World News

French left closes ranks to hobble Macron in parliamentary vote

France’s left-of-centre parties were on Tuesday close to a broad alliance for June parliamentary polls, hoping that a united front can offer stiff opposition in President Emmanuel Macrons second term after a disappointing presidential election.
Greens and Communists have fallen into line behind the hard-left France Unbowed (LFI) movement, and the once-mighty Socialist Party (PS) is expected to follow. The different parts of the left are not as irreconcilable as all that,” PS negotiator Pierre Jouvet told Europe 1 radio.

He said the talks were “a few steps from a historic agreement” — while acknowledging that there were “some adjustments” to party programmes and constituency allocations to fine-tune before a deal was sealed. There are some sticking points, sometimes on substance but mostly about seats,” said LFI negotiator Manuel Bompard.

A strong showing from LFI leader Jean-Luc Melenchon saw him fall just short of reaching the second round run-off in the April presidential vote, while other left candidates were all but wiped out.

After Macron’s presidential win, Melenchon immediately called on voters to “elect him prime minister” and hand the left a National Assembly majority to block the centrist’s plans.

Surveys from recent days suggest most French voters would prefer Macron, widely attacked for his pro-business reforms seen as favouring the rich, to “cohabit” with a prime minister from another political school of thought.

Like the presidential election, the legislative polls in France’s 577 constituencies work in a two-round system — meaning alliances off the bat offer the best chance of making it to the run-off.

“I think that if we’re being reasonable, we have to get things finalised today” with just weeks until the first round on June 12, LFI lawmaker Eric Coquerel said.

At stake in the negotiations are important policy issues — with LFI’s proposal to unilaterally “disobey” the provisions of some European Union treaties a particular sticking point for more moderate potential allies.

Last week, the PS indicated that it could broadly accept 12 of Melenchon’s core policy proposals, including raising the minimum wage, reducing the retirement age to 60 and rolling back labour market reforms.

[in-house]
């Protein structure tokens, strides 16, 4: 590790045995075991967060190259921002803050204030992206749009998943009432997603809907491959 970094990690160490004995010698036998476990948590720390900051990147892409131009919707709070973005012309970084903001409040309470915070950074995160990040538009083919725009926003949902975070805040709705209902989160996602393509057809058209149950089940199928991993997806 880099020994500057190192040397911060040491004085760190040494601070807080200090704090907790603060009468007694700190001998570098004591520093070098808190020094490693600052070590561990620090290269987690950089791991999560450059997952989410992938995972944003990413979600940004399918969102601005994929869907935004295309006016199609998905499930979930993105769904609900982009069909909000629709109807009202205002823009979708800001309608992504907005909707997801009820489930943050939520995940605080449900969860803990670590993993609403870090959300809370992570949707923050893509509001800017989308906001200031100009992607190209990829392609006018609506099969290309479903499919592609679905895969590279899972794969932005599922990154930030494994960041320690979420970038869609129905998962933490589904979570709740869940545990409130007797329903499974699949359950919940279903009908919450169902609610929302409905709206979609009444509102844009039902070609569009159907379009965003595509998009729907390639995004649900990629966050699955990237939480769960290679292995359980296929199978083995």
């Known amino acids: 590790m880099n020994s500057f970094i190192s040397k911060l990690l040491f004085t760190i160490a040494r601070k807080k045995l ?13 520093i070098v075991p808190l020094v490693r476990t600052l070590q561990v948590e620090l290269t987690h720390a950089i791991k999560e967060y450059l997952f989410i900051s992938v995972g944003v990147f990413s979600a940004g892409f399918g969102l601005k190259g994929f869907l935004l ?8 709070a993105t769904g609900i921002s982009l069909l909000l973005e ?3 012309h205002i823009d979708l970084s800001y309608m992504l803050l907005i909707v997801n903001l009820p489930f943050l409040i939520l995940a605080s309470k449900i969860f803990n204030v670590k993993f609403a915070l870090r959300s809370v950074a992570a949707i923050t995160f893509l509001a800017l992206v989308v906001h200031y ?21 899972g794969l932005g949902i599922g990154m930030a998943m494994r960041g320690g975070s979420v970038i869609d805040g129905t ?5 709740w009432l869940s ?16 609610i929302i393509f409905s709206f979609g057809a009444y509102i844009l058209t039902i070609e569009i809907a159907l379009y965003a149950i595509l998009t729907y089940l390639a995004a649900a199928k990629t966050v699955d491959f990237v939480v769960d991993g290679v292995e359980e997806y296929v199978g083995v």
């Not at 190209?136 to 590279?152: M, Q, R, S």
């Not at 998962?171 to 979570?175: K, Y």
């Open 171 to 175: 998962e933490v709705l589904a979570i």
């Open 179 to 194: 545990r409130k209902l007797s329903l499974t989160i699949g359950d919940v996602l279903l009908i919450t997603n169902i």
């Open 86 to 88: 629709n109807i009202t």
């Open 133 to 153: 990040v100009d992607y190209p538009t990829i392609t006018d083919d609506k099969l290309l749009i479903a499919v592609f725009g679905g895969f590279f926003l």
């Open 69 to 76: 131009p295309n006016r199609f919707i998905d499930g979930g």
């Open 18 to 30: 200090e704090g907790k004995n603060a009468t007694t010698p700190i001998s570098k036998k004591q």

Party leaders appear determined to press on despite opposition from heavyweights like former president Francois Hollande, in power just five years ago before the Socialists’ precipitous fall from grace.

He has warned the proposed left-wing tie-up could amount to the “disappearance” of the Socialists. And his former prime minister Bernard Cazeneuve wrote on Facebook that party leaders had “lost their compass”, warning he would leave the PS if the deal went ahead.

A tie-up with LFI “would confirm the repudiation of our convictions and the forgetting of what we have accomplished,” he said.

Other PS figures have called for any alliance deal to be subject to a vote by members — so far brushed off by the party’s negotiators.

Behind the euphoria at overcoming the traditionally fragmented French left’s differences, the junior partners are also eyeing how constituencies will be parcelled out between the parties, with each hoping to run on the united ticket in a maximum of “winnable” seats.

The Greens will run for 100 seats, with 30 seen as winnable, while the PS hopes to add to its existing parliamentary group of 25 MPs.

“Unbelievable that all these people supposedly shot through with principles are ready to abandon all convictions… for a handful of seats,” Sacha Houlie, a pro-Macron MP, tweeted on Monday. And they want to govern our country?” he added, potentially foreshadowing the majority’s line of attack on its new opponents.

Source: eNCA

In other news – Update: Chicco Twala granted R2 000 bail

The Randburg Magistrates’ Court has granted musician Ernest “Chicco” Twala R2,000 bail.

Chicco Twala

This after Twala’s appearance in the court on Tuesday facing charges of pointing something that resembles a firearm and common assault. Learn more